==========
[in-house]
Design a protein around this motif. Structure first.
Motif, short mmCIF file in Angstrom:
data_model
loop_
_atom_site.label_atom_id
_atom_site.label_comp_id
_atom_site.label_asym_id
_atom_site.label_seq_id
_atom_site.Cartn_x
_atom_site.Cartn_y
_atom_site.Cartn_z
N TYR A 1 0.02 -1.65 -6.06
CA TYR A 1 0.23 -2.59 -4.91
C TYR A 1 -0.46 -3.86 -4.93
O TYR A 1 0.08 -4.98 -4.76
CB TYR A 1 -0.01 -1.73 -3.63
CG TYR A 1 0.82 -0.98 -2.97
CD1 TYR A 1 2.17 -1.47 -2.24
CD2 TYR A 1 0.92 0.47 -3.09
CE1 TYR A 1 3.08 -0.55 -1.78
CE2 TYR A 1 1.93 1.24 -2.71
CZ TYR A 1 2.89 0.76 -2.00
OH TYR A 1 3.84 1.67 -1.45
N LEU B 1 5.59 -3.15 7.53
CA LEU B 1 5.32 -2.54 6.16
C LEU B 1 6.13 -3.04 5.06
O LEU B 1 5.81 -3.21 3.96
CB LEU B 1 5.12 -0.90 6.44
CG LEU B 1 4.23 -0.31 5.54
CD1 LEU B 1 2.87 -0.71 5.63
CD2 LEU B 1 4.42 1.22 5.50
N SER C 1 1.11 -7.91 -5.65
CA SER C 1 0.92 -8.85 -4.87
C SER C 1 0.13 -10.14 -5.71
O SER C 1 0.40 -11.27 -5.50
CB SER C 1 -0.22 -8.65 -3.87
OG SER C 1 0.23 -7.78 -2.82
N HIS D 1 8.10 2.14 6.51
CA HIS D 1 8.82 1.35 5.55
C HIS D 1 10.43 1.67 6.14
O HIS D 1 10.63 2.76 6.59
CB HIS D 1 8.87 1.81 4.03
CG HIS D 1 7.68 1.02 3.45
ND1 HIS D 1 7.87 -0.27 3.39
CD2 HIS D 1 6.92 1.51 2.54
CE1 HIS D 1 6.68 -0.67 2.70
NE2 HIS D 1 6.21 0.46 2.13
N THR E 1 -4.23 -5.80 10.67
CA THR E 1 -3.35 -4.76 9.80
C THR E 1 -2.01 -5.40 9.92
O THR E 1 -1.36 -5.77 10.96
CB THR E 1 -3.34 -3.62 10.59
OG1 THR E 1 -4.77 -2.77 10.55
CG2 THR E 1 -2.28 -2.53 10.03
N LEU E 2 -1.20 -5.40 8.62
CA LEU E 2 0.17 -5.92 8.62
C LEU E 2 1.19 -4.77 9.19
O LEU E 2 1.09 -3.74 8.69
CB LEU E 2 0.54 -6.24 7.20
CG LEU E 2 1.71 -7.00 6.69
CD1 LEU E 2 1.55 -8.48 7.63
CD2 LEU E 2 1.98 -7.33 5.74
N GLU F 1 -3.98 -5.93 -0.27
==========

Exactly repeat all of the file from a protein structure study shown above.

[in-house]
Design a protein around this motif. Structure first.
Motif, short mmCIF file in Angstrom:
data_model
loop_
_atom_site.label_atom_id
_atom_site.label_comp_id
_atom_site.label_asym_id
_atom_site.label_seq_id
_atom_site.Cartn_x
_atom_site.Cartn_y
_atom_site.Cartn_z
N TYR A 1 0.02 -1.65 -6.06
CA TYR A 1 0.23 -2.59 -4.91
C TYR A 1 -0.46 -3.86 -4.93
O TYR A 1 0.08 -4.98 -4.76
CB TYR A 1 -0.01 -1.73 -3.63
CG TYR A 1 0.82 -0.98 -2.97
CD1 TYR A 1 2.17 -1.47 -2.24
CD2 TYR A 1 0.92 0.47 -3.09
CE1 TYR A 1 3.08 -0.55 -1.78
CE2 TYR A 1 1.93 1.24 -2.71
CZ TYR A 1 2.89 0.76 -2.00
OH TYR A 1 3.84 1.67 -1.45
N LEU B 1 5.59 -3.15 7.53
CA LEU B 1 5.32 -2.54 6.16
C LEU B 1 6.13 -3.04 5.06
O LEU B 1 5.81 -3.21 3.96
CB LEU B 1 5.12 -0.90 6.44
CG LEU B 1 4.23 -0.31 5.54
CD1 LEU B 1 2.87 -0.71 5.63
CD2 LEU B 1 4.42 1.22 5.50
N SER C 1 1.11 -7.91 -5.65
CA SER C 1 0.92 -8.85 -4.87
C SER C 1 0.13 -10.14 -5.71
O SER C 1 0.40 -11.27 -5.50
CB SER C 1 -0.22 -8.65 -3.87
OG SER C 1 0.23 -7.78 -2.82
N HIS D 1 8.10 2.14 6.51
CA HIS D 1 8.82 1.35 5.55
C HIS D 1 10.43 1.67 6.14
O HIS D 1 10.63 2.76 6.59
CB HIS D 1 8.87 1.81 4.03
CG HIS D 1 7.68 1.02 3.45
ND1 HIS D 1 7.87 -0.27 3.39
CD2 HIS D 1 6.92 1.51 2.54
CE1 HIS D 1 6.68 -0.67 2.70
NE2 HIS D 1 6.21 0.46 2.13
N THR E 1 -4.23 -5.80 10.67
CA THR E 1 -3.35 -4.76 9.80
C THR E 1 -2.01 -5.40 9.92
O THR E 1 -1.36 -5.77 10.96
CB THR E 1 -3.34 -3.62 10.59
OG1 THR E 1 -4.77 -2.77 10.55
CG2 THR E 1 -2.28 -2.53 10.03
N LEU E 2 -1.20 -5.40 8.62
CA LEU E 2 0.17 -5.92 8.62
C LEU E 2 1.19 -4.77 9.19
O LEU E 2 1.09 -3.74 8.69
CB LEU E 2 0.54 -6.24 7.20
CG LEU E 2 1.71 -7.00 6.69
CD1 LEU E 2 1.55 -8.48 7.63
CD2 LEU E 2 1.98 -7.33 5.74
N GLU F 1 -3.98 -5.93 -0.27